The Departure is a newly-released documentary that focuses on Ittetsu Nemoto, a former punk-turned-Buddhist-priest in Japan. He has made a career out of helping suicidal people find reasons to live. But this work has come increasingly at the cost of his own family and health, as he refuses to draw lines between those he counsels and himself.
The Departure captures Nemoto at a crossroads, when his growing self-destructive tendencies lead him to confront the same question his patients ask him: what makes life worth living? The second documentary by award-winning director Lana Wilson (After Tiller), The Departure is a poetic and deeply moving film that contemplates death as a way of better understanding how we should live.
The documentary is showing at the Guild Cinema this Tuesday Nov. 7 through Thursday Nov. 9 at 6:30 p.m. The Guild Cinema is located at 3405 Central Avenue NE, Albuquerque, NM. Phone number: 505-255-1848.
Just prior to the Thursday evening showing, Certified Thanatologist Gail Rubin, an Albuquerque death educator who uses films to help start end-of-life conversations, will speak briefly to the audience about local opportunities to participate in Death Cafe discussions and other end-of-life education venues.
The film has been nominated in the best documentary category for the 2017 Tribeca Film Festival, the Moscow International Film Festival, and the Adelaide Film Festival. Praise for the film follows this trailer video. Catch it in Albuquerque while you can!
“Immensely moving. Lyrical and deeply meditative…digs deep into major questions without being afraid of the answers.” – IndieWire
“…as much about embracing life as it is about facing death.” – Tricycle Magazine
“One of the major discoveries of the 2017 Tribeca Film Festival, Lana Wilson’s The Departure is a beautiful, wise, and deeply empathetic immersion into one fascinating character’s unique approach to suicide prevention. A quietly impressive work whose images, characters, and ruminations linger on long after the lights come up.” – Scott Macaulay, Filmmaker Magazine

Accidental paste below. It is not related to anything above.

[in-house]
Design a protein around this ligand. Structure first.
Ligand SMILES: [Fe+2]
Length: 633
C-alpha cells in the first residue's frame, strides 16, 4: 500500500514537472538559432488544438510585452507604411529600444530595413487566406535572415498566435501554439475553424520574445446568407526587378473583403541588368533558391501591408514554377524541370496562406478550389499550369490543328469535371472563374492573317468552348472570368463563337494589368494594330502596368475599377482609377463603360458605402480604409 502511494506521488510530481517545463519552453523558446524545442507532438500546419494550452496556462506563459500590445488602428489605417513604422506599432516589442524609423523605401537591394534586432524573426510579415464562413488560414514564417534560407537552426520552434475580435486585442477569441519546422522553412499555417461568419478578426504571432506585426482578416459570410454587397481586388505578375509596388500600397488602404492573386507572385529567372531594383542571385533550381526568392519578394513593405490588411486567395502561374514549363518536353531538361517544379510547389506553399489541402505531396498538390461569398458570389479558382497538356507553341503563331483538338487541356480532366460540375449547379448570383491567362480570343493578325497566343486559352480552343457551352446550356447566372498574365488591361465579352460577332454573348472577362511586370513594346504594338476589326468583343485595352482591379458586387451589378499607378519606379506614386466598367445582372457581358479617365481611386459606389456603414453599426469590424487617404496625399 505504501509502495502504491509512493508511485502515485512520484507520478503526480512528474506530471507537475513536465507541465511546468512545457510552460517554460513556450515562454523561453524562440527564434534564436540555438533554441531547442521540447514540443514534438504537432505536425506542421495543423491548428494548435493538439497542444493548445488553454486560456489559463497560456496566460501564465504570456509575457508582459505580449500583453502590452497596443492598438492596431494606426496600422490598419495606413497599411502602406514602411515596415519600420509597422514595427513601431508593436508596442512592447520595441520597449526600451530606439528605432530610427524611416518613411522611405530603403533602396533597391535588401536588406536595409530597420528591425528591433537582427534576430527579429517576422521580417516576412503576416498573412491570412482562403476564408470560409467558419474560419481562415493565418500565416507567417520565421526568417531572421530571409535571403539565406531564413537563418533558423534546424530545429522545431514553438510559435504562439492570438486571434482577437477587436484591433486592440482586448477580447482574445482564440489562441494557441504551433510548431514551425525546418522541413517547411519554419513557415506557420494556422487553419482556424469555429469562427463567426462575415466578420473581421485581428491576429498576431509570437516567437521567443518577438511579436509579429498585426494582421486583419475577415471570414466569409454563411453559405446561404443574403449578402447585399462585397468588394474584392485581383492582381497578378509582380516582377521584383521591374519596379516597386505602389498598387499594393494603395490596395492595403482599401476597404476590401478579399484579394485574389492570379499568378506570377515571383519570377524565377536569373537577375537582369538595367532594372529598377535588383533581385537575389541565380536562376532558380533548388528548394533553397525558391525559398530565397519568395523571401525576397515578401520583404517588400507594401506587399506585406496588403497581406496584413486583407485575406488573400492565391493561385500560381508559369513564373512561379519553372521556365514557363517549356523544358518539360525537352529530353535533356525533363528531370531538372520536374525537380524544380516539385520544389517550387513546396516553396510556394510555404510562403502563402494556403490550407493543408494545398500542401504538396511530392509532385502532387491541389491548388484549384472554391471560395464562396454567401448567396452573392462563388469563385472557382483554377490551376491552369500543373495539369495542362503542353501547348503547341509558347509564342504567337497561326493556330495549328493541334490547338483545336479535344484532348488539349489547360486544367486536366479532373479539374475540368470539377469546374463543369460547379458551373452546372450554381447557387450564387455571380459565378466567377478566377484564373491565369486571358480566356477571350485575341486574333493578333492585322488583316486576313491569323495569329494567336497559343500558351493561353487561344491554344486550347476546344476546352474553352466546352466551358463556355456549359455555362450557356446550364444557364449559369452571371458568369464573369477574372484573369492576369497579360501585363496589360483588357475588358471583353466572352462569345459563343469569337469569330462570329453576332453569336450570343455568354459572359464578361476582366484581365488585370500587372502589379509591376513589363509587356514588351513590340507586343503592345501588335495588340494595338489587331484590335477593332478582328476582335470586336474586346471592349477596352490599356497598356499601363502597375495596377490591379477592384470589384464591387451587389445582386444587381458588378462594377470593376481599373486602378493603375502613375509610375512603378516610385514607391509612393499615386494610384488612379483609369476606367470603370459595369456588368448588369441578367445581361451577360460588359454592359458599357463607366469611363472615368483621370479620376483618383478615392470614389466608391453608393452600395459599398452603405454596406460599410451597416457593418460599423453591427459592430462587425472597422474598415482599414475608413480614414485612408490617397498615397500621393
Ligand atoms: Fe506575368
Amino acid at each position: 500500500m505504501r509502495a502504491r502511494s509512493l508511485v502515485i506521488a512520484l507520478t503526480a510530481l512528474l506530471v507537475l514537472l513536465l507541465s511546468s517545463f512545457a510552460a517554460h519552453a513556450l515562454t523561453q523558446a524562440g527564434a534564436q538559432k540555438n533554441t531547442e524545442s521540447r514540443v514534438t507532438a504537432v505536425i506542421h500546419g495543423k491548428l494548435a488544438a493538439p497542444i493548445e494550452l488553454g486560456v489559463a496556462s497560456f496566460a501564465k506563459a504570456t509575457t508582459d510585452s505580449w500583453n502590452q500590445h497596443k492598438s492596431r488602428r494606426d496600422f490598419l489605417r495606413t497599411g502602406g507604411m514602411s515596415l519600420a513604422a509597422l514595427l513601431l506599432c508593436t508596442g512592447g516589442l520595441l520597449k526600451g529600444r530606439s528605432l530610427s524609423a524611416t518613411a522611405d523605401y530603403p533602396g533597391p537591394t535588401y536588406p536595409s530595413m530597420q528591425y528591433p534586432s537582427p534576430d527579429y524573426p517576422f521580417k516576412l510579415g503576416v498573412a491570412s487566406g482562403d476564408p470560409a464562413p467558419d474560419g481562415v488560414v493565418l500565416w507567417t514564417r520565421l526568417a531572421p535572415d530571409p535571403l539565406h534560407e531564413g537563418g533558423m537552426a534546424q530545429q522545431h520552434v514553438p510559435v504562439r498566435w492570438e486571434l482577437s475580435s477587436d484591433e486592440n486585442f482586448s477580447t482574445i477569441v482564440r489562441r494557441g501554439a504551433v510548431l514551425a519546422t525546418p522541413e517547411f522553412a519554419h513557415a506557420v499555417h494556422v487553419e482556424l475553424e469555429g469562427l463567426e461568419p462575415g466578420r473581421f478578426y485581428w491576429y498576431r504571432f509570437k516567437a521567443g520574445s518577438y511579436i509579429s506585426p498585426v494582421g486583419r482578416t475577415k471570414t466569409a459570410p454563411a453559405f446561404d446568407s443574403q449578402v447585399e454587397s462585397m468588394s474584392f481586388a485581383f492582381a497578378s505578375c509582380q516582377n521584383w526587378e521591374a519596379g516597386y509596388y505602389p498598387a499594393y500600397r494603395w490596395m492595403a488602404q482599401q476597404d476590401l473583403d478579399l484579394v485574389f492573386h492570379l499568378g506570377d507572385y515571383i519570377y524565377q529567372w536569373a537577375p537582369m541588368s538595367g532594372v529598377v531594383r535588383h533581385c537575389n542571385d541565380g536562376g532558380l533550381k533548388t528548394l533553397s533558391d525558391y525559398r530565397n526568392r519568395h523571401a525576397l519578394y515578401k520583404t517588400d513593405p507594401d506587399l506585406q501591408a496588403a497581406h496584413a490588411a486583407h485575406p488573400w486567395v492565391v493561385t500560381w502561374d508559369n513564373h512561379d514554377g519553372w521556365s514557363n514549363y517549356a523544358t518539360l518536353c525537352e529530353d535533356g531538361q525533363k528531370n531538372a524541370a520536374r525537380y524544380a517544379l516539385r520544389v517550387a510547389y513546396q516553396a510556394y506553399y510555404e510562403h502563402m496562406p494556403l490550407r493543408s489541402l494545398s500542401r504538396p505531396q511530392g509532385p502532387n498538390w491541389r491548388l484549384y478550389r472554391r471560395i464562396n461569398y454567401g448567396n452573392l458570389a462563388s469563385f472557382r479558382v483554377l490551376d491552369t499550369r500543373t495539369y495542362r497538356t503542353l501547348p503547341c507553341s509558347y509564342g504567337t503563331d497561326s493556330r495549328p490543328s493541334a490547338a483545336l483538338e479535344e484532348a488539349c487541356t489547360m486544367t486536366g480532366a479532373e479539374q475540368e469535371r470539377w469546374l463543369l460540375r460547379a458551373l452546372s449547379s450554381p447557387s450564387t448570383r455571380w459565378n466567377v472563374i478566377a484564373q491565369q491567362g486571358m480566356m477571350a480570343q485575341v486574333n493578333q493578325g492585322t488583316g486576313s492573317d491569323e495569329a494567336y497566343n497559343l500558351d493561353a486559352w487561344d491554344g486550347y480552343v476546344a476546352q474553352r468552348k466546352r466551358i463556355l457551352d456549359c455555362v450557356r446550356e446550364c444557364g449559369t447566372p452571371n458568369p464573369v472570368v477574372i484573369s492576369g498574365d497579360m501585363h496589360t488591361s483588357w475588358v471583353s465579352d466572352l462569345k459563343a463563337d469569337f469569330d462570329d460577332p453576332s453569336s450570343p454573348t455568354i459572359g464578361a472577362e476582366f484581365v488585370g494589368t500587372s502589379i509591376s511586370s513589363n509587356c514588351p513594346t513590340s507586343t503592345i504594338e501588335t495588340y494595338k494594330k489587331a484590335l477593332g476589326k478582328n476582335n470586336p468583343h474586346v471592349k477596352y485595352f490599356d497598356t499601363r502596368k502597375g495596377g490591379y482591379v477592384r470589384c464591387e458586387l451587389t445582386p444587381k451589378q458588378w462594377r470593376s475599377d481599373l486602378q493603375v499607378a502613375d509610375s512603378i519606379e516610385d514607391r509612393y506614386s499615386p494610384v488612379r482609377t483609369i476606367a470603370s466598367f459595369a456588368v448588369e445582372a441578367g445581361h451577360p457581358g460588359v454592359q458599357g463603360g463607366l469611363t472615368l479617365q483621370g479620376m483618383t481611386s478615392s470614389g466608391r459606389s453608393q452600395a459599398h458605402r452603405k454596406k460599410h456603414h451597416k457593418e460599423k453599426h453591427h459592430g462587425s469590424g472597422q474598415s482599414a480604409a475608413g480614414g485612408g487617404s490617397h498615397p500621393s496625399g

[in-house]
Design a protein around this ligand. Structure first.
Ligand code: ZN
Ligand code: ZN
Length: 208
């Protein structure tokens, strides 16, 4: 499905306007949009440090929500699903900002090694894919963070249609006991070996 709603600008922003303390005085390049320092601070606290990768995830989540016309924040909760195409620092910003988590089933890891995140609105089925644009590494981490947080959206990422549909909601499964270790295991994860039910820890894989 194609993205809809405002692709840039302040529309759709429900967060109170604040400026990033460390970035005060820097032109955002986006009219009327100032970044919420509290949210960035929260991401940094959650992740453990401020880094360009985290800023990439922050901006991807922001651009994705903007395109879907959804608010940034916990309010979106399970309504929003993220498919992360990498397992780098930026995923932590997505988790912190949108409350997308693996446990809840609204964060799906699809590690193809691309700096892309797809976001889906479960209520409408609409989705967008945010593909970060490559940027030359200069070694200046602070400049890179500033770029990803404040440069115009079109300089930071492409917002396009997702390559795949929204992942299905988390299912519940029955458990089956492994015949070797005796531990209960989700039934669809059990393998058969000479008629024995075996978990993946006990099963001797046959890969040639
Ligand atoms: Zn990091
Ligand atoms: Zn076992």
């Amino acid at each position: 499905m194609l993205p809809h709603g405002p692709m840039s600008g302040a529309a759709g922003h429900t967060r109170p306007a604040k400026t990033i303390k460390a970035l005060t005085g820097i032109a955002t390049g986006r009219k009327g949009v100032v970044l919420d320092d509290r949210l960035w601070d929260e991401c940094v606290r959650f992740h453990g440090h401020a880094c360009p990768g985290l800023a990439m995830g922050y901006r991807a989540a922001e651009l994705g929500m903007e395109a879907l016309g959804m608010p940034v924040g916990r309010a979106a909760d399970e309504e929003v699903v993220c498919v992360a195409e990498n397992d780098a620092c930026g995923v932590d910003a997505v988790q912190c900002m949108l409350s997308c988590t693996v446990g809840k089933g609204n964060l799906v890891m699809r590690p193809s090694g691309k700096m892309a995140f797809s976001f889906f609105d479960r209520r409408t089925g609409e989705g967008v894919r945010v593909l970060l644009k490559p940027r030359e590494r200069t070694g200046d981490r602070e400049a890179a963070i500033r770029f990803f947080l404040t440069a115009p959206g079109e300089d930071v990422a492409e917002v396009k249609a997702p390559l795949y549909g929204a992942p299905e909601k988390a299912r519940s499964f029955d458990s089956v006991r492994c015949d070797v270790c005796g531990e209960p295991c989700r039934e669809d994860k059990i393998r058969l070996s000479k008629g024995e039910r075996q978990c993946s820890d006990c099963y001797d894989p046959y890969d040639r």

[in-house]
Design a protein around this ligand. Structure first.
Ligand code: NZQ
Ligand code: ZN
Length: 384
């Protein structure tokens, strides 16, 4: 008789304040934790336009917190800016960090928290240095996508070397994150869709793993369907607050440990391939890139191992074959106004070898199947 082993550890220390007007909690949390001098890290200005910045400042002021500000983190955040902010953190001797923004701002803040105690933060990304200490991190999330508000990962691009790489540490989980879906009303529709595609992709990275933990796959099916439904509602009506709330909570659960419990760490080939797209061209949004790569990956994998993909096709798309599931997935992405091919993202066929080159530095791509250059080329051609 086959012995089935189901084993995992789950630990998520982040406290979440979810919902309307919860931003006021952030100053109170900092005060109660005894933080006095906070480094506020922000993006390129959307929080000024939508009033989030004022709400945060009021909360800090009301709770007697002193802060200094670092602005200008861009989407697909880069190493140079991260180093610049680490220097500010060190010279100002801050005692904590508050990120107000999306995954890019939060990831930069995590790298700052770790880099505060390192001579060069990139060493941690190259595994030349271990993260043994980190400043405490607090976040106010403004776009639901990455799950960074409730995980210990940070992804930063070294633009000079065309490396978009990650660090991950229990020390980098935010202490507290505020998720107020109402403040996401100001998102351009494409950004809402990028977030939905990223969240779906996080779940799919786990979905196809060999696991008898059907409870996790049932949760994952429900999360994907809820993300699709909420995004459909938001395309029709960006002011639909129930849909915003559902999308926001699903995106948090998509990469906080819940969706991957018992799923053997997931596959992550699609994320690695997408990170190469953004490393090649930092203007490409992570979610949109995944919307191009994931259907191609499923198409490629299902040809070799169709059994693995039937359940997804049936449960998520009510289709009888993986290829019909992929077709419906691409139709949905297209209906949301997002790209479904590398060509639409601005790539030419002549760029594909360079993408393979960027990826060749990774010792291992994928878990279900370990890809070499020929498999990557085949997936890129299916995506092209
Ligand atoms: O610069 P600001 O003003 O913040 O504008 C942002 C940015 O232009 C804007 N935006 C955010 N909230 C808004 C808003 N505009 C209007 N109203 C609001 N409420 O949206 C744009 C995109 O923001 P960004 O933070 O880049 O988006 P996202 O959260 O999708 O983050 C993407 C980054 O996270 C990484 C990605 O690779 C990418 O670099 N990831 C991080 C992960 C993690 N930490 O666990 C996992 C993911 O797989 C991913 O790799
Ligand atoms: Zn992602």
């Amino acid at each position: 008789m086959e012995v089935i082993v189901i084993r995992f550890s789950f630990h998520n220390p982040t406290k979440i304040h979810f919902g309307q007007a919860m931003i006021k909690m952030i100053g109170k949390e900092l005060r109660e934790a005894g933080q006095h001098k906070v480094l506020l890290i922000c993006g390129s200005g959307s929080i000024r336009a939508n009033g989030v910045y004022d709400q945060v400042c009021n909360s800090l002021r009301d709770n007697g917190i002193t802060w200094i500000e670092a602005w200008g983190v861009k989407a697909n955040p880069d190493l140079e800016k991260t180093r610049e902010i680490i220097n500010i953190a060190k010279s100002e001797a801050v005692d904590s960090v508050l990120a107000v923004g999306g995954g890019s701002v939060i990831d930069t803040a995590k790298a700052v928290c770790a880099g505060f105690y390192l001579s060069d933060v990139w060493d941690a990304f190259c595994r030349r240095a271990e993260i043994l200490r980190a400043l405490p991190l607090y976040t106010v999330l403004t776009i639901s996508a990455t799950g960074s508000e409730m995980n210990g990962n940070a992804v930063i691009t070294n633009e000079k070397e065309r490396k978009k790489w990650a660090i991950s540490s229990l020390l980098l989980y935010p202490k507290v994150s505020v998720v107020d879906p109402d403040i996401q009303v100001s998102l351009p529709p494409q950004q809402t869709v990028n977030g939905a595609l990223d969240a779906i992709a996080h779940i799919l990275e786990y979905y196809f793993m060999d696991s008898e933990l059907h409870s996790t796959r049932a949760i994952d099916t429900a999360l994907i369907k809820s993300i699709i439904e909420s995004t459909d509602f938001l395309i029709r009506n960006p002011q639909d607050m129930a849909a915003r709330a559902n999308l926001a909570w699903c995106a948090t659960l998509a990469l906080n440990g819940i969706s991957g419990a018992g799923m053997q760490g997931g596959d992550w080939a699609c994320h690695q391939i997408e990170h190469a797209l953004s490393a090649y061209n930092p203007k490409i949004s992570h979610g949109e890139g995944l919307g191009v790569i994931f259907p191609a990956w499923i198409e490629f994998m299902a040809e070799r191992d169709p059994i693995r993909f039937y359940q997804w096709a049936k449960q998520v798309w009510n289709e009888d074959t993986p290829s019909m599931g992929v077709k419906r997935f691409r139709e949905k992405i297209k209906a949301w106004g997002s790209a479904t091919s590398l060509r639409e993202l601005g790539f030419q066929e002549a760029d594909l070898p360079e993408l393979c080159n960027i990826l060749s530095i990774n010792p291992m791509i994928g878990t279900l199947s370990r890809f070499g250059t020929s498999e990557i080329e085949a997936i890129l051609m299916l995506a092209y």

“Stunning. The movie probes this man’s fascinating life with a graceful ennui.” – Brandon Harris, Filmmaker Magazine
“An intimate, deeply felt engagement with profound matters of life and death.” – Allan Hunter, Screen International
“A portrait of unbelievable humanity.” – Nick Allen, RogerEbert.com
“A poetic meditation on what it means to be human and what it means to be alive.” – Helen Kaplow, Indie NYC
“A lyrical statement on the meaning of life…The Departure is a moving, philosophical exercise on understanding and cherishing life by confronting the finiteness of it.” – Tomris Laffly, Film School Rejects
“A cinematic spiritual quest. A trip to the mountain top that will leave you moved, teary eyed, and utterly vibrating with the sense of feeling alive. A small quiet film that is thunderous in its effect.” – Steve Kopian, Unseen Films
“Highly empathetic. A tale of an iconoclast that is unexpectedly profound.” – Phil Guie, Film-Forward
“a deeply moving and intimate movie.” – Reel News Daily
“One of the most moving films at this year’s festival…gorgeous and contemplative. The Departure is a powerful work of documentary, cinema, advocacy, and art.” – Toronto Film Scene